When I inquire why they aren't auditing or altering their procedures or auditor, I frequently receive the following responses:

o "We just don't have enough assistance,"

o "Our prices are way too confusing," says the narrator.

Alternatively, one of my personal favourites:

o "Our carrier claims that their on-time performance for our account is 99.9%, therefore we didn't think it was necessary."

Transportation expenses are at the top of everyone's priority list these days, so if you can connect to one or more of these responses, it's time to rethink your strategy. In January 2009, UPS and FedEx announced the highest rate rise in company history. If you aren't already auditing, or reviewing your systems or procedures, the first invoice you got with these increased rates should have offered more than enough motivation.

So, to get you started, here are some SMALL PARCEL AUDITING DO'S AND DON'Ts. If you're already auditing, take a look at what you've done so far and compare it to what you're doing now. Let's begin with the most crucial.


Any level or type of auditing is preferable than none at all.

Carriers nearly always make mistakes in their favour, and every package must be recorded and analysed to correctly identify these faults. Traditional freight auditing and payment systems frequently fall short in this area.

Initial outside audits should always be free since they provide the service a chance to show what they can accomplish for you. There should never be any upfront or setup fees, and apart from convincing the carriers to send you electronic invoicing (which they will gladly do since it saves them money), there should be little or no upfront or continuing work for you to perform.


Farm the procedure out unless you're in the small parcel shipping company and have infinite IT resources, a staff person whose primary responsibility is to keep up with the carriers' continuous adjustments, and a support staff committed to bringing in the refunds and credits. Because they aren't compensated until the claim has been refunded to the shipper, third-party auditing is incredibly cost-effective. Their fees are normally a percentage of the credited amount that is actually refunded that is agreed. Is there no money back? There is no bill. As a result, you may rest assured that they will maximise your refunds and savings.

If you're doing internal auditing in-house, be sure your investment in resources and cash is auditing off. Anyone who has ever conducted an internal audit understands that submitting a claim to a carrier is merely the beginning of the process. You'll need to be dedicated and anticipate to have to resubmit claims denial after denial in order to receive all of the refunds that you are entitled to. Wait till you hear all of the reasons why your late shipment claim was refused by the carrier if you thought there were a lot of reasons why shippers aren't auditing. The carriers understand that if they refuse a claim, you are unlikely to have the time or resources to pursue it further.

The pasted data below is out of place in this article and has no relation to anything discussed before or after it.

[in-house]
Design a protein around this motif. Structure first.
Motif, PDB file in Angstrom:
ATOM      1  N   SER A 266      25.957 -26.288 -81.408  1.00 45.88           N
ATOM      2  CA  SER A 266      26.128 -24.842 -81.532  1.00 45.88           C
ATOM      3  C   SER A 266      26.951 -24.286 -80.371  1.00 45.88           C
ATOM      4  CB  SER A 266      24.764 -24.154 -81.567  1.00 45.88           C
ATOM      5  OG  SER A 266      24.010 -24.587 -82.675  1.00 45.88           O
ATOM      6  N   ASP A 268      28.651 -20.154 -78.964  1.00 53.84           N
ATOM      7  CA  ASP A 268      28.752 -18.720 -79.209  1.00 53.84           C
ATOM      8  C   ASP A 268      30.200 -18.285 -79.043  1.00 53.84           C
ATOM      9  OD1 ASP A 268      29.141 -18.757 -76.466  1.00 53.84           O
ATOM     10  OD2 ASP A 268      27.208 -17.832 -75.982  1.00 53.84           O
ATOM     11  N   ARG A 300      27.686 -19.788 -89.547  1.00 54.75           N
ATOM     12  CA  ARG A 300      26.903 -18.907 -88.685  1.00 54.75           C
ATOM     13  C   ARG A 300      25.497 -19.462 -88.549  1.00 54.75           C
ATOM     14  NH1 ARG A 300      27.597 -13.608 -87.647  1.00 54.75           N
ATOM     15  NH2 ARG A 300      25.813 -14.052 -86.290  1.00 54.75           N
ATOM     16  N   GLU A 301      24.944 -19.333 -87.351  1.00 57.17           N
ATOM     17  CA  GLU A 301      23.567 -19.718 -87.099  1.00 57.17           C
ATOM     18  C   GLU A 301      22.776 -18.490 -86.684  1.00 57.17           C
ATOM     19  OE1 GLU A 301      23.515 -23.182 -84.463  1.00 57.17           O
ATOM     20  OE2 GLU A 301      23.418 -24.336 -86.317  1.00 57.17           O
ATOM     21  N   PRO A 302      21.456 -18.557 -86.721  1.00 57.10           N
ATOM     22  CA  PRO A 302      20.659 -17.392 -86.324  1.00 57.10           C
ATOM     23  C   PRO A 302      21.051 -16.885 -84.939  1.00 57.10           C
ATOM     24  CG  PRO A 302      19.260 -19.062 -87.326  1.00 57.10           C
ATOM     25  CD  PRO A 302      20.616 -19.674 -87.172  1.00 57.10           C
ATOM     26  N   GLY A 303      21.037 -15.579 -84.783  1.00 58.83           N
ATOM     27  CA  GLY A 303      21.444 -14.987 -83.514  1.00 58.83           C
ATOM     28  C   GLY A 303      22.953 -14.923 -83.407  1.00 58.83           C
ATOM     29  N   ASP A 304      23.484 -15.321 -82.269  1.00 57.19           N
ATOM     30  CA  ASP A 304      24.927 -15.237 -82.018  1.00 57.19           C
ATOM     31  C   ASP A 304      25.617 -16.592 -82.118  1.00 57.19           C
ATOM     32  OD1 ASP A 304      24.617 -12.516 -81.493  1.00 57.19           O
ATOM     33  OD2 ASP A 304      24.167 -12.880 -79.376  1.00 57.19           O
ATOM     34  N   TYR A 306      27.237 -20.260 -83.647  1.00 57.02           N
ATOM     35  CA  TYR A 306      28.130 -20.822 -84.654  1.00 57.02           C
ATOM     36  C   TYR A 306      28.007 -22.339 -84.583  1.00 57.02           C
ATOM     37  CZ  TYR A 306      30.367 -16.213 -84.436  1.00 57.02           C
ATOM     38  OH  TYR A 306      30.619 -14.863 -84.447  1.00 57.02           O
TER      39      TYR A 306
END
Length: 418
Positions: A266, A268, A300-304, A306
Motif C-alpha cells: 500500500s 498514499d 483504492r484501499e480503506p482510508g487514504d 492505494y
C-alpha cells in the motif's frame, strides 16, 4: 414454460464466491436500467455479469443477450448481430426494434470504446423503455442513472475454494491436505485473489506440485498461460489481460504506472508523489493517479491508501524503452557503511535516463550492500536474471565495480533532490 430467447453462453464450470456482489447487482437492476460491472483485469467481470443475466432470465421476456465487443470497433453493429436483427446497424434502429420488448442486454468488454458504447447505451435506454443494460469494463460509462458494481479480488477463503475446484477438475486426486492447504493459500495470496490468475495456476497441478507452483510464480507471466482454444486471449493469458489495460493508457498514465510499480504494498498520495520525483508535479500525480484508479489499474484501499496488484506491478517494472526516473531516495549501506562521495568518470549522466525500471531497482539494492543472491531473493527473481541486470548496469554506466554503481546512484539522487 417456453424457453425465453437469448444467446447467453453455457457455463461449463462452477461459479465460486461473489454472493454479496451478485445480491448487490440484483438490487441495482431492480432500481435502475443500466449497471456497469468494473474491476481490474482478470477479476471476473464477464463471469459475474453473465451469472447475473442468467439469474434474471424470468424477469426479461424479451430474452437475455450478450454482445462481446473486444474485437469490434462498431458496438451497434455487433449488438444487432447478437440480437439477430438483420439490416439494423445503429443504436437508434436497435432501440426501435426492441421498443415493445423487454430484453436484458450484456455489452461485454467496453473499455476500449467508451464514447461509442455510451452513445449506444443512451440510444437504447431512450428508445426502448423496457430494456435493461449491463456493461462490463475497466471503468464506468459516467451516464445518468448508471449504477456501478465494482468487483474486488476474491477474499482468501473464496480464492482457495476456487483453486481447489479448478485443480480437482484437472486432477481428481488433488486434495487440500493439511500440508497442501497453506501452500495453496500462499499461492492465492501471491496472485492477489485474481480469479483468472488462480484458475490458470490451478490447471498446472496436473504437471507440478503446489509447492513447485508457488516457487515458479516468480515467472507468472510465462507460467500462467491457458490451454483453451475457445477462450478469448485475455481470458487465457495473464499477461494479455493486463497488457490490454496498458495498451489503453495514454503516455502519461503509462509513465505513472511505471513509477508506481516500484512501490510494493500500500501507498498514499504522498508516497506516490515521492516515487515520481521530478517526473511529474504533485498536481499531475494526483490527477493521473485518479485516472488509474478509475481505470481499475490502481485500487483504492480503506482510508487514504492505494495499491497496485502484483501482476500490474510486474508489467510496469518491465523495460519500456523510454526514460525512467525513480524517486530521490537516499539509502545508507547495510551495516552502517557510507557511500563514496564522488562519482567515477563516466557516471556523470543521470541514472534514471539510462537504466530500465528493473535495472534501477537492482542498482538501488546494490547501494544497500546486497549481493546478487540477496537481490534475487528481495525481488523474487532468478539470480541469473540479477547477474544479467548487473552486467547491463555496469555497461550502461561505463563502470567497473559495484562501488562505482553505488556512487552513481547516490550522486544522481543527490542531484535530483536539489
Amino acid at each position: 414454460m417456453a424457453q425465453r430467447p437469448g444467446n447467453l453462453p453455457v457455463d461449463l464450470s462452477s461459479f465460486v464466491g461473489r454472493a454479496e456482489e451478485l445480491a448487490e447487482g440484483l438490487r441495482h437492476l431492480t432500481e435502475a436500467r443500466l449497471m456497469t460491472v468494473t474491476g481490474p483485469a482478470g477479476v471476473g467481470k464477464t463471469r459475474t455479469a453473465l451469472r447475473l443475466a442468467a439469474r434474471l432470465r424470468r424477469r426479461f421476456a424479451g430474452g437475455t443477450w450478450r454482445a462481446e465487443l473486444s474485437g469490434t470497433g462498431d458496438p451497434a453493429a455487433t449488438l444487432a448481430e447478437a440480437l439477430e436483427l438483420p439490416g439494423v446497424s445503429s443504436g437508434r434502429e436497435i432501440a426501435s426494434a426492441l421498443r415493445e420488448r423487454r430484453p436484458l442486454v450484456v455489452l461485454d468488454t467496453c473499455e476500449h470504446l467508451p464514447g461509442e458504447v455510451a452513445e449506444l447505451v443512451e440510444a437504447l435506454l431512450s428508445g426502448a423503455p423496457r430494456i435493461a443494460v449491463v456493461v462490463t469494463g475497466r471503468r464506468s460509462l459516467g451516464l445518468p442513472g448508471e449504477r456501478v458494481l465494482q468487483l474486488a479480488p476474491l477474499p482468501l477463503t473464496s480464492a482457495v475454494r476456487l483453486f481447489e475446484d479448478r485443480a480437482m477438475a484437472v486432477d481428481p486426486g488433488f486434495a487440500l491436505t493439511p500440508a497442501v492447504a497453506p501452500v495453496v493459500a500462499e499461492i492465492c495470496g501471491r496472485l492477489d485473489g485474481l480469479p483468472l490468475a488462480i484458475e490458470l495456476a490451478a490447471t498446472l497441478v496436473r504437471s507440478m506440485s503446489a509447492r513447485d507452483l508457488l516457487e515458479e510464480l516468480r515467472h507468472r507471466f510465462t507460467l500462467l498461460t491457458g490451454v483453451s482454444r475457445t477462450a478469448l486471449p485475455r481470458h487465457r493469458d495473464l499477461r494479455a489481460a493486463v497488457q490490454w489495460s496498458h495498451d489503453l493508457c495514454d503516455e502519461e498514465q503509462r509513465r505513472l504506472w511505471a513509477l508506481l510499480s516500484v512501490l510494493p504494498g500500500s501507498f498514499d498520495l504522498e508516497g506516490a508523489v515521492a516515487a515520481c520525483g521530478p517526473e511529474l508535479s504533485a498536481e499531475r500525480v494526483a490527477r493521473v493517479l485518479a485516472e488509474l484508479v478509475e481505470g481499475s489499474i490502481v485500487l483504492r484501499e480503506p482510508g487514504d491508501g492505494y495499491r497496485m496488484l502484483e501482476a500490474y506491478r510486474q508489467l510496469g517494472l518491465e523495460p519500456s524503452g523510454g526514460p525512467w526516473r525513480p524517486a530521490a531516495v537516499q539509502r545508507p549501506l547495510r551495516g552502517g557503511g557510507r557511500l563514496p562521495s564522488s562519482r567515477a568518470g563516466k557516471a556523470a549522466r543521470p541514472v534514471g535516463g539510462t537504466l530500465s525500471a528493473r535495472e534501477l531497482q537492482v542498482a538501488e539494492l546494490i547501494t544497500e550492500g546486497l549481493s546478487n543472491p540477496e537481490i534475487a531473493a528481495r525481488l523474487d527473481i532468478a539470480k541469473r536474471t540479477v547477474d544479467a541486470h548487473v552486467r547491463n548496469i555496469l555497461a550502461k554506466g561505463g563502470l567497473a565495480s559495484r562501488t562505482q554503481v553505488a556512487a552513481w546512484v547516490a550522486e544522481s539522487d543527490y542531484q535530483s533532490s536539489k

DON'T WAIVE YOUR RIGHTS TO REFUNDS FOR LATE PACKAGES: (or any other auditable charge for that matter.)

Carriers will frequently attempt to provide you a small set % discount rather than dealing with your late package refund requests. You may rest certain that they will not offer you more than you deserve or are legally entitled to. They already know how many parcels were late, and you should as well. This and other information should be included in your auditing process, which should include extensive reporting. It will provide you the skills you need to effectively manage your freight spending and level the playing field when negotiating contracts in the future.

Remember that all shipments are guaranteed. Surprisingly, many shippers are still unaware that all ground shipments are insured at no additional cost. Even if your shipments aren't time-sensitive, you're paying for assured service regardless of whether you use it. As a result, if you're not auditing, you're paying for your shipments.


There are hundreds of auditing firms from which to pick. Look for a company that has unique software that can detect things other than GSRs (ground service refunds). Hundreds of additional billing problems might be discovered if you don't use specialised software.


Start auditing today if you haven't already. Work with an auditor or a transportation consultant with whom you feel at ease. There should be no upfront expenses, contracts to sign, or more labour on your side.

When auditing, it's critical to keep track of how well the process is working. Actual refunds will fluctuate from week to week, but significant weekly fluctuations in the proportion of your refunds may indicate that the carrier has changed their invoicing method and your auditing procedure hasn't been adjusted to suit it.

Betachon is reknowned in Parcel Auditing and Fedex Negotiation. For any of such services, feel free to contact them.

Author's Bio: 

John Miller is an experienced content writer who has written various articles on Parcel Auditing, Fedex Negotiation and so on. To read all such articles you can visit: https://fedex-auditing.livejournal.com/3299.html